During the lesson, helping teachers with whatever it is they're currently trying to develop in their own teaching. This ranges from classroom management (I might send a signal to scan the room to see who is on-/off- task, or remind a teacher to smile, or whisper to a teacher that they should use proximity to get students A, B, and C back on track) to the broader category of holding a high bar for student outputs (I might ask a student to revise his/her response by using two of the unit's vocabulary words or by restating the answer in a complete sentence, or I might indicate that the teacher should ask a follow-up question to ensure students are building on each other's responses - "I wonder if anyone can add to that last response by using more precise vocabulary?") This real-time coaching is a key component in making sure the intellectual work teachers did ahead of time translates into a positive learning experience for teachers and students in the classroom.

After the lesson, looking through student work to determine how the lesson went and what we can do to improve for next time. This ensures that we're being honest about the impact a lesson had - an in-depth analysis of student work highlights the true impact of the lesson on student understanding in a way that is often overshadowed in the midst of a lesson by how the room "feels." Did students actually understand not only the process of mitosis, but also its function? Can they articulate this understanding in writing, without any "rounding up" needed from us? What are our next steps based on the writing we see?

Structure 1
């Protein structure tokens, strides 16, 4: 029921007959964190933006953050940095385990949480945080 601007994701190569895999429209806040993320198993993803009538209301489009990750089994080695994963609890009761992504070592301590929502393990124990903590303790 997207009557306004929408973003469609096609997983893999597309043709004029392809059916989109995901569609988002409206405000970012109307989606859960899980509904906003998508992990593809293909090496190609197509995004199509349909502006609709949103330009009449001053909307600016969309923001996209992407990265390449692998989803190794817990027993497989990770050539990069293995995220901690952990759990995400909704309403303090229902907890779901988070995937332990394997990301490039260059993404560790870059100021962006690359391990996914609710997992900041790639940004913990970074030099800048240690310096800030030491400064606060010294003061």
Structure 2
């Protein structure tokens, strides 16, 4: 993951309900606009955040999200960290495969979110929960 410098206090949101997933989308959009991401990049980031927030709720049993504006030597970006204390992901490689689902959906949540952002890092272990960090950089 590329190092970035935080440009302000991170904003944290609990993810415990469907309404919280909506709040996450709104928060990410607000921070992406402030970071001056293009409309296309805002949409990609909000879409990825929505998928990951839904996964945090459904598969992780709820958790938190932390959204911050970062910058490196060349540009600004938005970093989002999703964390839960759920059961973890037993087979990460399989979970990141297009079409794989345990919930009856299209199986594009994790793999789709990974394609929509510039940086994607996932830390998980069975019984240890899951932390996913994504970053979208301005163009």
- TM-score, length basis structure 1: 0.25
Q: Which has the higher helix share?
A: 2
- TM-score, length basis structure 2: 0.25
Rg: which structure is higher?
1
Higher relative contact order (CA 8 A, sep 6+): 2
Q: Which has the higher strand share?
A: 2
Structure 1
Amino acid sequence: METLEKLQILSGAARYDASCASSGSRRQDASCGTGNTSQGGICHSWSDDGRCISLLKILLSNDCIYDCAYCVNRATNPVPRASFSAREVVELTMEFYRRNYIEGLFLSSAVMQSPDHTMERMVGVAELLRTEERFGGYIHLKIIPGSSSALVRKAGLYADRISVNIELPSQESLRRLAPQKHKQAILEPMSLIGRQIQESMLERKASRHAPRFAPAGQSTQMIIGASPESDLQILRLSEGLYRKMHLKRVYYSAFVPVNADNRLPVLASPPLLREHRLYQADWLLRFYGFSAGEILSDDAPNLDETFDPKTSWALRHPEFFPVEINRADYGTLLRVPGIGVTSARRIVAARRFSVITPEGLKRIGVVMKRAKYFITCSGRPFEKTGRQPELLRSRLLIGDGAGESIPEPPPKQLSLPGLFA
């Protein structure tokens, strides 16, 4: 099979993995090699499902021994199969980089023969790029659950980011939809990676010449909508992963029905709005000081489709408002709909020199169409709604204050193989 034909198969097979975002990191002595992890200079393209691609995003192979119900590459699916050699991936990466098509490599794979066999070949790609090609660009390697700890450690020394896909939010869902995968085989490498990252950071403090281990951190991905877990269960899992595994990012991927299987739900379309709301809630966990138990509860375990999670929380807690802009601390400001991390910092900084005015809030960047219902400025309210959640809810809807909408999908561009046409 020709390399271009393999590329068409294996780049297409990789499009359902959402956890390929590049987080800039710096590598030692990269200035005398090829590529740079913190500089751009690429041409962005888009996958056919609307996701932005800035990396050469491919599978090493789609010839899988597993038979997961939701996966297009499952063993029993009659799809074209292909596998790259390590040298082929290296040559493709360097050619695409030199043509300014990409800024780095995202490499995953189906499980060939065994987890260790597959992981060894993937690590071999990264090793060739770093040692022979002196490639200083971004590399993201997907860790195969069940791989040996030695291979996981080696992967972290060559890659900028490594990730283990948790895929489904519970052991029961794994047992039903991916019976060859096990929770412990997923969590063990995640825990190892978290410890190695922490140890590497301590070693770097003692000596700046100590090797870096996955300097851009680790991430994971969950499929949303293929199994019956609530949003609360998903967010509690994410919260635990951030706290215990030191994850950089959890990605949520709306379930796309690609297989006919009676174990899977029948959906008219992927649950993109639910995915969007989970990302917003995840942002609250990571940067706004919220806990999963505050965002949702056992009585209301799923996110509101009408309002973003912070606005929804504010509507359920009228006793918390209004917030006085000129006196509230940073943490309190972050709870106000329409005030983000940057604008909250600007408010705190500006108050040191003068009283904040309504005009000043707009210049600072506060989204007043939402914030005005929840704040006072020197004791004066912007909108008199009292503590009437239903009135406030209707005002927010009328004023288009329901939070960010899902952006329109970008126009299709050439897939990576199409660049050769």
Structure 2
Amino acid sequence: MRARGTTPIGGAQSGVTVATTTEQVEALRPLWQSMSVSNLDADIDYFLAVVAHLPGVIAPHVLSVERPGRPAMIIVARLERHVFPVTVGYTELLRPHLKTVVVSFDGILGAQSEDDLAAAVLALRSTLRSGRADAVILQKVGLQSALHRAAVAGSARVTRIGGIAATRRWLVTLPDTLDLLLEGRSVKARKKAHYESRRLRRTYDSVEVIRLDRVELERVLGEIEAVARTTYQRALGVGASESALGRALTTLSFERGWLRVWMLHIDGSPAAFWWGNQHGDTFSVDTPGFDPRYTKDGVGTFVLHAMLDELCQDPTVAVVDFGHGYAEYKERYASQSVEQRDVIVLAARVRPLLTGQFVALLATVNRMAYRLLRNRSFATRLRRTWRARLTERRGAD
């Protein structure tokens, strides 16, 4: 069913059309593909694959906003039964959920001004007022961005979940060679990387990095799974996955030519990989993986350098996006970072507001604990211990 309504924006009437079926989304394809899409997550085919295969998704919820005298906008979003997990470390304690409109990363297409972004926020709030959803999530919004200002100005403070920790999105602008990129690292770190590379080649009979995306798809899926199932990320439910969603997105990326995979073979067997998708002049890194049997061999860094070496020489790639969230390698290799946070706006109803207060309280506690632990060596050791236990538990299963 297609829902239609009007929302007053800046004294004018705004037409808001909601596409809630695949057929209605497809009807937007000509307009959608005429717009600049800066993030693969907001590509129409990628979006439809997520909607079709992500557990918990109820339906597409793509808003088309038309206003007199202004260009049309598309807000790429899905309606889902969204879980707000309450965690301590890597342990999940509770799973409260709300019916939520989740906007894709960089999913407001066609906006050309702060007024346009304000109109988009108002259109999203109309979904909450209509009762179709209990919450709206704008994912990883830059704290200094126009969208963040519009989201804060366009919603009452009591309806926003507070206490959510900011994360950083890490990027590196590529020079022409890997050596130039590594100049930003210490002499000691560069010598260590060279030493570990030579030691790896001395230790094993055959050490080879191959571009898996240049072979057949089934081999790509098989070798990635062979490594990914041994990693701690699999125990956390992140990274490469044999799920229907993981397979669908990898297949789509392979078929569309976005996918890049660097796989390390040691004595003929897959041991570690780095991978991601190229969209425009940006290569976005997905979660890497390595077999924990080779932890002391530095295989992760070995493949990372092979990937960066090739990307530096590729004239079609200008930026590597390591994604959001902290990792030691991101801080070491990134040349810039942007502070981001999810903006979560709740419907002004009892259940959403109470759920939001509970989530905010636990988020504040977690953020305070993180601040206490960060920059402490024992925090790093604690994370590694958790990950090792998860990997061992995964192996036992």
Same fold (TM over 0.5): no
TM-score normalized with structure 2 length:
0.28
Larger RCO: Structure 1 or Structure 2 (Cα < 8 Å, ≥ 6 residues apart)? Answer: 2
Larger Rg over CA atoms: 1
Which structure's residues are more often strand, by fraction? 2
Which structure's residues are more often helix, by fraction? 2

Finally, about once a week, we work on the important parts of teaching that don't fit into a single lesson. How can we develop our capacity to promote an inclusive environment in which we are understanding and affirming our kids' identities? What do these unit tests reveal about what I should re-teach and how? What are best practices for grading/giving feedback to students/calling home about homework? How can we make the most of our time at school so we're not taking hours of work home every night? How can we motivate students who we're not currently reaching? How can I develop as an instructional leader? How can I give this critical feedback to a colleague?

This may sound like a lot of meetings. First of all, this doesn't mean four meetings a week. Usually it's one or two, and we don't get to do all of this with every teacher every week. Second, I think it's strange that so many teachers in so many schools are essentially left to figure all of this out on their own. These are not the dreaded "staff meetings" with a room full of teachers listening to a presentation - they're intellectually stimulating collaborative work sessions where teachers develop their skills while planning to help students develop theirs.

It's tough to pick a favorite part of this process, but for me it's a tie between 1) seeing the joyful rigor we've planned for come to life for kids during the real-time coaching part of this process and 2) looking at student work to see what students produced. The first is wonderful because it's great to see kids smiling and learning and saying brilliant things, and the second is great because it allows us to both celebrate kids' progress and figure out what we can do to help them continue to grow. I cannot imagine a better way to spend the day.